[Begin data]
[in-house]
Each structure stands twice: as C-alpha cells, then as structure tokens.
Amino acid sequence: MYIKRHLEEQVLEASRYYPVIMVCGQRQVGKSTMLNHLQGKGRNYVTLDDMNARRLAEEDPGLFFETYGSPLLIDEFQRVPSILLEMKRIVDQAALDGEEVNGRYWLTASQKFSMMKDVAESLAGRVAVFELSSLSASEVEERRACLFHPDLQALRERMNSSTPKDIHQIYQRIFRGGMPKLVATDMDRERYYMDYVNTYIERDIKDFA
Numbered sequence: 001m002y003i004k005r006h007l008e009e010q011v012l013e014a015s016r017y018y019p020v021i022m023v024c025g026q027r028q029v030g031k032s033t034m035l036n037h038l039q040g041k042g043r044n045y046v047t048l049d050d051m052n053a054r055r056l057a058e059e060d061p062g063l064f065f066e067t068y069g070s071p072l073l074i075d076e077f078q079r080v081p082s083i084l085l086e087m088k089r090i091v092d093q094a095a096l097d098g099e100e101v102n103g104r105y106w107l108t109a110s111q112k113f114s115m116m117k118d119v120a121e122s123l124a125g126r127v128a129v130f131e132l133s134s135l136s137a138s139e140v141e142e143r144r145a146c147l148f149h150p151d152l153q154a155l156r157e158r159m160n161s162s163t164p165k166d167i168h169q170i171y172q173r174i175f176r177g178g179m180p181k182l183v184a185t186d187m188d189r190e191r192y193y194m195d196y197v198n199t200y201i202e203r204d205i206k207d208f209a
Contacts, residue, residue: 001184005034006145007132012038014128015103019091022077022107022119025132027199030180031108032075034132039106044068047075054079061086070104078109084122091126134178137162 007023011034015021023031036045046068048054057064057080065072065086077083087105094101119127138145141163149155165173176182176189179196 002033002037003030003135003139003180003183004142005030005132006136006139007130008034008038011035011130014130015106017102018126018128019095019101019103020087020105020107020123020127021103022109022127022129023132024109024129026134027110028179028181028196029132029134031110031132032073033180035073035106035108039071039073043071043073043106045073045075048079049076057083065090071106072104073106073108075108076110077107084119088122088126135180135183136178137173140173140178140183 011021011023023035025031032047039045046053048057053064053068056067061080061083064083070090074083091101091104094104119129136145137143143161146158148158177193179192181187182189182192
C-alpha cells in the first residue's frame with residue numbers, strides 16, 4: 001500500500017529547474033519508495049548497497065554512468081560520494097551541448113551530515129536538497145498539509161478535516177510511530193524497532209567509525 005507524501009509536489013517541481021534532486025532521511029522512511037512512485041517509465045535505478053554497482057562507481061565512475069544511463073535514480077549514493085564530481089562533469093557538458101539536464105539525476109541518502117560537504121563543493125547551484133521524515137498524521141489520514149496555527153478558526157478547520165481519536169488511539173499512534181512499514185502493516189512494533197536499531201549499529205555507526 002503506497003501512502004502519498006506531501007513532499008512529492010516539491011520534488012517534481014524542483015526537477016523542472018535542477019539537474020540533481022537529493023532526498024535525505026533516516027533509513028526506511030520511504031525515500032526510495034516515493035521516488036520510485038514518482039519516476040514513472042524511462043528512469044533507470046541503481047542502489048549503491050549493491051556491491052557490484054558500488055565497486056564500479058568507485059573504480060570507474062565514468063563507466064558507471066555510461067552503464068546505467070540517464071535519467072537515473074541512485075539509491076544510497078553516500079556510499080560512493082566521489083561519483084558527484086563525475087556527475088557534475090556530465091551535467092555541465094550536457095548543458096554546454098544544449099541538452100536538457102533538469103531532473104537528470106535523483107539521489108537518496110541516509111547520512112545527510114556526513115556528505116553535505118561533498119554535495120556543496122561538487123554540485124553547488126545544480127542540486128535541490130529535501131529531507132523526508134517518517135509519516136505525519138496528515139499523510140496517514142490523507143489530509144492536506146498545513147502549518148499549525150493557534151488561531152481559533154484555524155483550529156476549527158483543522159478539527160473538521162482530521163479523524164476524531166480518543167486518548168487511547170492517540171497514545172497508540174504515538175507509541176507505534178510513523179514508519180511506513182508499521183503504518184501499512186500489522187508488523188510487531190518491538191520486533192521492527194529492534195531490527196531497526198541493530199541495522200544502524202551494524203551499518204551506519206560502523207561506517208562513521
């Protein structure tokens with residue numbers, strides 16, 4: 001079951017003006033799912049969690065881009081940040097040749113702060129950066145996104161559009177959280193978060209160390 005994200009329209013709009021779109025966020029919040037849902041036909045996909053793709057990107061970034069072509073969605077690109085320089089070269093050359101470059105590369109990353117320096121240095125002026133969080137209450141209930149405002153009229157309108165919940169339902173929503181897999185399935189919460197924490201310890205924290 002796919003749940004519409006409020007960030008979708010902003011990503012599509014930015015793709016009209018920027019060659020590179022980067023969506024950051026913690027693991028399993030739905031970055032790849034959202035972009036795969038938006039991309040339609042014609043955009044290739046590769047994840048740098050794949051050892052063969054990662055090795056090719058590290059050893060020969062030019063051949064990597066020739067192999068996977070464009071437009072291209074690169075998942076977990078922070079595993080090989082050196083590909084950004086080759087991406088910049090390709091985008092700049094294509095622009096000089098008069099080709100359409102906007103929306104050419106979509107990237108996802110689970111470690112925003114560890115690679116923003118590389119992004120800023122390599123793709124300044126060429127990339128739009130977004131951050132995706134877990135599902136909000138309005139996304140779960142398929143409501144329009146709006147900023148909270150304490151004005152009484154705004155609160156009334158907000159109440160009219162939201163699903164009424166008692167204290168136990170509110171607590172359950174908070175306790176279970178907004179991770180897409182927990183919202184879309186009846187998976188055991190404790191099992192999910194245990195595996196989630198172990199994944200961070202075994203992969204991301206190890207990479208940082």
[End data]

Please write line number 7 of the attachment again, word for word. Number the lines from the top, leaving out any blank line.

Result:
């Protein structure tokens with residue numbers, strides 16, 4: 001079951017003006033799912049969690065881009081940040097040749113702060129950066145996104161559009177959280193978060209160390 005994200009329209013709009021779109025966020029919040037849902041036909045996909053793709057990107061970034069072509073969605077690109085320089089070269093050359101470059105590369109990353117320096121240095125002026133969080137209450141209930149405002153009229157309108165919940169339902173929503181897999185399935189919460197924490201310890205924290 002796919003749940004519409006409020007960030008979708010902003011990503012599509014930015015793709016009209018920027019060659020590179022980067023969506024950051026913690027693991028399993030739905031970055032790849034959202035972009036795969038938006039991309040339609042014609043955009044290739046590769047994840048740098050794949051050892052063969054990662055090795056090719058590290059050893060020969062030019063051949064990597066020739067192999068996977070464009071437009072291209074690169075998942076977990078922070079595993080090989082050196083590909084950004086080759087991406088910049090390709091985008092700049094294509095622009096000089098008069099080709100359409102906007103929306104050419106979509107990237108996802110689970111470690112925003114560890115690679116923003118590389119992004120800023122390599123793709124300044126060429127990339128739009130977004131951050132995706134877990135599902136909000138309005139996304140779960142398929143409501144329009146709006147900023148909270150304490151004005152009484154705004155609160156009334158907000159109440160009219162939201163699903164009424166008692167204290168136990170509110171607590172359950174908070175306790176279970178907004179991770180897409182927990183919202184879309186009846187998976188055991190404790191099992192999910194245990195595996196989630198172990199994944200961070202075994203992969204991301206190890207990479208940082």